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Jonas Parker

12th Grade, Sitka High School,
Sitka, Alaska


Jonas Parker

Jonas Parker
Reflections on the Harriman Expedition Retraced
"I love the outdoors, history, geography, the sciences, and computer technology," says Jonas Parker. A wide range of interests, but this 17-year-old has successfully integrated them, both in his school work and out in the working world. Since his sophomore year, he has used Geographic Information Systems (GIS), a computer-based mapping program to explore the history and geography of Alaska. In one project, he created an atlas study of a local watershed. A second project involved GIS mappings of the home range, habitat and species characteristics of the endangered Queen Charlotte Goshawk.

Outside school, Jonas has served as a trail guide for the Sitka Conservation Society, created displays for the Miller Museum and served as a science assistant for the local home school program. "I try to camp at least once a week with my friends. I bike a lot as well, and last year I bought my own kayak," he says. Even with all this activity he has found time to undertake an ambitious study of the Russian language and to serve on the school's debate team. What he doesn't have a lot of time for is outside reading. "As much as I hate to say it," he admits, "I really don't read a whole lot. Even in winter, when it's dark all day, there's always something better to do -- usually outside. But I do like the Clive Cussler adventure series, stories in which the hero has to save the world and rescue the girl. The books are all pretty much the same, but they're a lot of fun."

His favorite spot in Alaska is the South Baranof Wilderness, just to the south of Sitka, a place he explored last year during his family's annual hunting trip. "We hiked the mountain ridge line, and looked out across a broad glaciated area, a beautiful sub-alpine vista that I want to go back and see again."

Reflections on the Harriman Expedition Retraced

The Harriman Alaska Expedition Retraced was an extraordinary experience -- one that can never be duplicated. The sole disadvantage to me was that I was a participating member on the first leg of the voyage in Southeast Alaska. One may ask "what's wrong with that?" This is where a majority of the cultural and social interactions of the voyage occurred. My reasoning is simple: this is the area where I live -- Sitka, Alaska to be exact. Granted, some of the locations we visited were new to me: Glacier Bay, Prince William Sound, and Cape Fox. However, much of the geographical and cultural landscape was familiar. The more lasting impression I took from the Harriman Alaska Expedition is that of the scholars and passengers on board the Clipper Odyssey.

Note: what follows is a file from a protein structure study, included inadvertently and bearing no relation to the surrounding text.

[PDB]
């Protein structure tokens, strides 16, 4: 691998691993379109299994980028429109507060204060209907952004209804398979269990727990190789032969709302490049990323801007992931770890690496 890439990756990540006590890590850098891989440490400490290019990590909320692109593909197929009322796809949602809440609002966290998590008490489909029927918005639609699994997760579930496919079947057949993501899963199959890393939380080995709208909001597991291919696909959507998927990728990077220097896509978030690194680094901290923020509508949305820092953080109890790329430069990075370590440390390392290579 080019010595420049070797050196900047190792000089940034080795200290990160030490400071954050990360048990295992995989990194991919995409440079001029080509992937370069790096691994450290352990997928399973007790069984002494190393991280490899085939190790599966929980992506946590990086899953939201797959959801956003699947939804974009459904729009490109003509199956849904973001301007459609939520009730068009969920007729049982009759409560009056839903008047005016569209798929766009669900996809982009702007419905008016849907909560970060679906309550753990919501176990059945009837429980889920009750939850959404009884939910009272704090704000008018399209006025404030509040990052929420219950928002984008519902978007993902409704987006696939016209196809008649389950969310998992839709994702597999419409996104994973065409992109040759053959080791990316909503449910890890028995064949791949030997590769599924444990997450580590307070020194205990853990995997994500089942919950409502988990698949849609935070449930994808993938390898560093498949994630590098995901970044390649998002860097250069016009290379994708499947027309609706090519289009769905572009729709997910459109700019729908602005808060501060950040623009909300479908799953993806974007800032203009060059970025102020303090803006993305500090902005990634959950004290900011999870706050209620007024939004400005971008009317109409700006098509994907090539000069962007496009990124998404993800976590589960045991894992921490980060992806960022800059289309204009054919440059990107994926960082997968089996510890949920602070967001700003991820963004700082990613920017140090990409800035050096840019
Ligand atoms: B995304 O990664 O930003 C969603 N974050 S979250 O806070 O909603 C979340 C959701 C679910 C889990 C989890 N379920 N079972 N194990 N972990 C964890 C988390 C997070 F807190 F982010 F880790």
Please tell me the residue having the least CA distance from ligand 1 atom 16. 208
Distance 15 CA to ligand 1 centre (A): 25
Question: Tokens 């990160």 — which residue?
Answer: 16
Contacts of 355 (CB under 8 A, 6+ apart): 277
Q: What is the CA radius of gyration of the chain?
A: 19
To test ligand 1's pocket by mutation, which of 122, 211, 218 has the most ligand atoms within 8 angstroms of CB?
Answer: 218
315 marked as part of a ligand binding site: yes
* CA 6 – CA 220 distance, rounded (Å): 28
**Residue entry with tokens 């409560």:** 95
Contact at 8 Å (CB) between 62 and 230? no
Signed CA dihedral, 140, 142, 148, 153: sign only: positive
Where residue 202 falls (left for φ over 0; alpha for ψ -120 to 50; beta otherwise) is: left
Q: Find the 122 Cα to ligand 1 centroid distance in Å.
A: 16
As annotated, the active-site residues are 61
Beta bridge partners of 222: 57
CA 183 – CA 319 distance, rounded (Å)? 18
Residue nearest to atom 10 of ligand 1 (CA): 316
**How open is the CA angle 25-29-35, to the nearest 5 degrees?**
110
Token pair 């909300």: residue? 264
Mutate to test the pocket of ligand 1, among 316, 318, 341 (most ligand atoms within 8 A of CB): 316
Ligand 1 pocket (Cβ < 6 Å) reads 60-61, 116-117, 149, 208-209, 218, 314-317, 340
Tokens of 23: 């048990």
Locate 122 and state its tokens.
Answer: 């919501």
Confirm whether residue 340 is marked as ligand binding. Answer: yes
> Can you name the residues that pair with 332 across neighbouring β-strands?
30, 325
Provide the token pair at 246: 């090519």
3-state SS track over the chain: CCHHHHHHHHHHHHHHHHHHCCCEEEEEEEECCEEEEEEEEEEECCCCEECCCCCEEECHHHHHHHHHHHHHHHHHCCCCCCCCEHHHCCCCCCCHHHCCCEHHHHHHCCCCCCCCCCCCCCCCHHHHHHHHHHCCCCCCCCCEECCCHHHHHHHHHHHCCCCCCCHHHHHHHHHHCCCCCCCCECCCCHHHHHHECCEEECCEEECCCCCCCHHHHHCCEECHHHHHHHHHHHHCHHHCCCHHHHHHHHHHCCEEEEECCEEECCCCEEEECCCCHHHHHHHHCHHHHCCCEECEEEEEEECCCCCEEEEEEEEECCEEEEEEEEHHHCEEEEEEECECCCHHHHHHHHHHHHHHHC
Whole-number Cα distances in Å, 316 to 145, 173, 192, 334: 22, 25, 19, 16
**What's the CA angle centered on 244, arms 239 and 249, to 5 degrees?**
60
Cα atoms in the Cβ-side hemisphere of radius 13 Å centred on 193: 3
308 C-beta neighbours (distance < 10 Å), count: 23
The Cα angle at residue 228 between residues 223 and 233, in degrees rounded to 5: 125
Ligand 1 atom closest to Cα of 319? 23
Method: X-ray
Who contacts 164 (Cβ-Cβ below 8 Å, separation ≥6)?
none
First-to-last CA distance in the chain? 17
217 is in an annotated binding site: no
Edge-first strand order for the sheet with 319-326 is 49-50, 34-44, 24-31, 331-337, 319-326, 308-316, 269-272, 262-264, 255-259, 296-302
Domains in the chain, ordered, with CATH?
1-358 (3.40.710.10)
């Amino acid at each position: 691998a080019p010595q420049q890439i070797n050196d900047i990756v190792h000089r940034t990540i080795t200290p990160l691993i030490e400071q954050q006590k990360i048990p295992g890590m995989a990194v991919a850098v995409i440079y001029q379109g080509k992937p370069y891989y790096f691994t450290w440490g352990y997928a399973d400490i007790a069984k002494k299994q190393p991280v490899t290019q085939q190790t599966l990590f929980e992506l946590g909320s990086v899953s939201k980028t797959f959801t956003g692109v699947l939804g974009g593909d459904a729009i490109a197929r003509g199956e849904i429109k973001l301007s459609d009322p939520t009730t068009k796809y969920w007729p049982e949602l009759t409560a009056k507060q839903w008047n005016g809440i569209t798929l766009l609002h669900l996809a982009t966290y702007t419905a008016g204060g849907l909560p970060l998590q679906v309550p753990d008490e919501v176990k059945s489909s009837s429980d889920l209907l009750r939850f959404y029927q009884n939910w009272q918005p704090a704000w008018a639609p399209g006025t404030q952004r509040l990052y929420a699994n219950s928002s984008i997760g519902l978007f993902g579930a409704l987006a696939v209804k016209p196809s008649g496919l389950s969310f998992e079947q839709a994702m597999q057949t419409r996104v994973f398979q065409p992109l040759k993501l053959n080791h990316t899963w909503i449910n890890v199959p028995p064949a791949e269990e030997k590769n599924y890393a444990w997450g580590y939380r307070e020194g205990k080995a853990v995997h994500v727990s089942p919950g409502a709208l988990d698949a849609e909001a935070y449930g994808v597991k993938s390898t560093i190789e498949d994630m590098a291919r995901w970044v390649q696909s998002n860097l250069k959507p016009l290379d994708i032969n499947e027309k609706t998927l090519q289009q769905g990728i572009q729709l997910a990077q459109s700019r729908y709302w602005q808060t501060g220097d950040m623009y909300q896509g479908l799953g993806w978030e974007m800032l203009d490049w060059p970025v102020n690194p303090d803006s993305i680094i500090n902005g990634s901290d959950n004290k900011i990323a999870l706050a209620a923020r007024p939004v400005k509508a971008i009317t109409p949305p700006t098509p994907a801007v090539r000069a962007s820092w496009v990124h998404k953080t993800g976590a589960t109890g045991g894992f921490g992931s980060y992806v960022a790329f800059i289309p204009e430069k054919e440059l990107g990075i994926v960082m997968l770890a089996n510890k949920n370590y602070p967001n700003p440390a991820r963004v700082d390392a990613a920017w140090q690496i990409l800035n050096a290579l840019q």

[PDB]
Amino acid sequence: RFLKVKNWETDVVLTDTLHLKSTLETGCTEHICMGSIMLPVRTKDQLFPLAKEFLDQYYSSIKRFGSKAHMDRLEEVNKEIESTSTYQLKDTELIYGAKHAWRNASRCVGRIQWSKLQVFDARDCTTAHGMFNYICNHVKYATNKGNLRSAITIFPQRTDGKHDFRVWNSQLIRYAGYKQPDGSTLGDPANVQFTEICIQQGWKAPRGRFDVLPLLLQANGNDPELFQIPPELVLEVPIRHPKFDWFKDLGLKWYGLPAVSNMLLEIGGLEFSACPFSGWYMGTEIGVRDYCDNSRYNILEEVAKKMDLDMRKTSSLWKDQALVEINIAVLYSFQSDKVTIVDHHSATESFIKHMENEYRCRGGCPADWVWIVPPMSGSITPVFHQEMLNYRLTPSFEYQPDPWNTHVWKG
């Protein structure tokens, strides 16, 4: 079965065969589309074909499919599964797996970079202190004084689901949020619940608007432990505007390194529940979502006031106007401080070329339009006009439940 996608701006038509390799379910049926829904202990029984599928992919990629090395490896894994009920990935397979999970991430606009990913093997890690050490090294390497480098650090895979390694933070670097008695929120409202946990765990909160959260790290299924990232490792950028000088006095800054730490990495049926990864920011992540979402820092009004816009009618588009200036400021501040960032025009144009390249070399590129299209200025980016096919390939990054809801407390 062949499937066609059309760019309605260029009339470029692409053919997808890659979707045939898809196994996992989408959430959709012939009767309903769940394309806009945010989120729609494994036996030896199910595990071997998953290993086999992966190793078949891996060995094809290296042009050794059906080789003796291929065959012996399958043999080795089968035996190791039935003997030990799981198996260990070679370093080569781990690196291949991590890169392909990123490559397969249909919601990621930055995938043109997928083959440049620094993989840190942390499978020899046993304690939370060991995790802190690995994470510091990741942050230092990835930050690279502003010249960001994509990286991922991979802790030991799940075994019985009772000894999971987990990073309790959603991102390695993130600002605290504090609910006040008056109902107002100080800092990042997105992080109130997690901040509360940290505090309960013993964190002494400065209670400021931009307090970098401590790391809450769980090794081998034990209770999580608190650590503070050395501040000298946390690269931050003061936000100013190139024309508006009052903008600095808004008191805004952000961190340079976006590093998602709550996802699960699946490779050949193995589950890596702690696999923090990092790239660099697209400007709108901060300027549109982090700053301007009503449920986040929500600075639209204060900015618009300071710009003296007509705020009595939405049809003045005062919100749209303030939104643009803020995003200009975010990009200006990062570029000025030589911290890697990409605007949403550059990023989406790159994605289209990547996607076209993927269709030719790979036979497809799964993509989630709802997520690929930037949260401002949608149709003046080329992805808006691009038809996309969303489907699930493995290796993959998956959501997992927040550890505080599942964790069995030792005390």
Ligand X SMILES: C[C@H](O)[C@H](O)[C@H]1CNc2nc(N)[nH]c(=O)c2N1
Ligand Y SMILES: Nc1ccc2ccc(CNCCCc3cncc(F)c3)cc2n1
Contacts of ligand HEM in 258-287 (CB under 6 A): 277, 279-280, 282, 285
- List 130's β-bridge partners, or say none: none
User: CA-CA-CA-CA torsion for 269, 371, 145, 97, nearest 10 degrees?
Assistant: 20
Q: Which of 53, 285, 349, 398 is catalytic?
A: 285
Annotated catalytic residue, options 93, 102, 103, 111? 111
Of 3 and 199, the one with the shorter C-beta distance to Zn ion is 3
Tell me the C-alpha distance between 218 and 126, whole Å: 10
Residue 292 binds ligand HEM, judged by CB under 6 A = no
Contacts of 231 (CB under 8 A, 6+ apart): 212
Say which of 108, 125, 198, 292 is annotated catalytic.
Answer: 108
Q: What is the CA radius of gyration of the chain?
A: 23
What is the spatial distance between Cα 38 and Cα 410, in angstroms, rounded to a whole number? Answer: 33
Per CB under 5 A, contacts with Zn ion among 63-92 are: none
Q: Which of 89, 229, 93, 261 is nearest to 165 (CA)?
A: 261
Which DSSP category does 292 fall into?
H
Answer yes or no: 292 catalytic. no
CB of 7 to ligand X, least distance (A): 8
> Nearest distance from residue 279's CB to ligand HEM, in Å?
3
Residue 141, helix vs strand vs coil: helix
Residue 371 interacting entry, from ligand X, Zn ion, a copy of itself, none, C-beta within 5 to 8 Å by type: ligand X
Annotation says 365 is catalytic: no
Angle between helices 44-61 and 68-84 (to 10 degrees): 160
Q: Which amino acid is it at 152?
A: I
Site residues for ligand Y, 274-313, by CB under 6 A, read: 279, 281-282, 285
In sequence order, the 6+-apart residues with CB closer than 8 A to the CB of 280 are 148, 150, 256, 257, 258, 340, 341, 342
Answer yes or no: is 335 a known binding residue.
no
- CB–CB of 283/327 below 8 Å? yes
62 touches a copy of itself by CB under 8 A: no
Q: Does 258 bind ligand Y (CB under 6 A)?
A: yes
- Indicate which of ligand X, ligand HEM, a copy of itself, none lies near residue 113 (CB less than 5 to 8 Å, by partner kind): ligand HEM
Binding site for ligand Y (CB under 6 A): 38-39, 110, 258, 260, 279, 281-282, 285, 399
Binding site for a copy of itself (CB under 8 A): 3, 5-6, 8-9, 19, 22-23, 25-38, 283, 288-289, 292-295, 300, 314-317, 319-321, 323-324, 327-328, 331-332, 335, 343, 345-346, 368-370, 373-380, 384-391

When I first arrived in Seattle and met up with Doug Penn and Salah Aboulhouda, everything went well. We pulled into the Four Season's Hotel in a limousine and checked into a wonderful room. However, that very afternoon there was a "Scholar's Meeting." This particular meeting was intimidating, but I was ready for it: I had brought a suit and tie! Still, as the meeting progressed, I became overwhelmed. The magnitude of intelligence in this room was astounding! While the group talked primarily about the logistics of the upcoming trip, I resigned myself to being quiet for fear of sounding like a mere high school student! My only confidence came from the fact that I managed to make the group laugh during introductions. That was enough of an accomplishment for me.

The next morning, the expedition boarded a bus to the airport and immediately the ice was broken. I began discussing Alaskan politics with one of the expedition scholars, which turned out to be far more informal, compared to the evening before. By that afternoon -- before the group had even boarded the ship -- I was making friends. It seemed that all the expedition scholars where extremely outgoing, friendly and while being extraordinarily intelligent, they remained relaxed and informal in the presence of their very new and very young colleague.

As Young Explorers, Salah and I, under the watchful eye of Doug Penn, began an informal lunch session during which time we would invite one of the scholars to talk with us about his or her profession. These lunch sessions were by far the most beneficial portion of the voyage. The scholars became more relaxed, less politically correct and in general, simply had a good time with us. These lunch sessions allowed us to dig deep into the issues at hand, whether they were eco- tourism in Alaska or gold mining in the Klondike.

Without a doubt, being in the company of these tremendous minds from all over the continent was the most fantastic event of the entire expedition for me. In the future I hope to be as lucky as I was this past summer, because in truth, how often does one share a scientific expedition with thirty PhDs?


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For information on the Harriman Retraced Expedition e-mail: harriman2001@science.smith.edu

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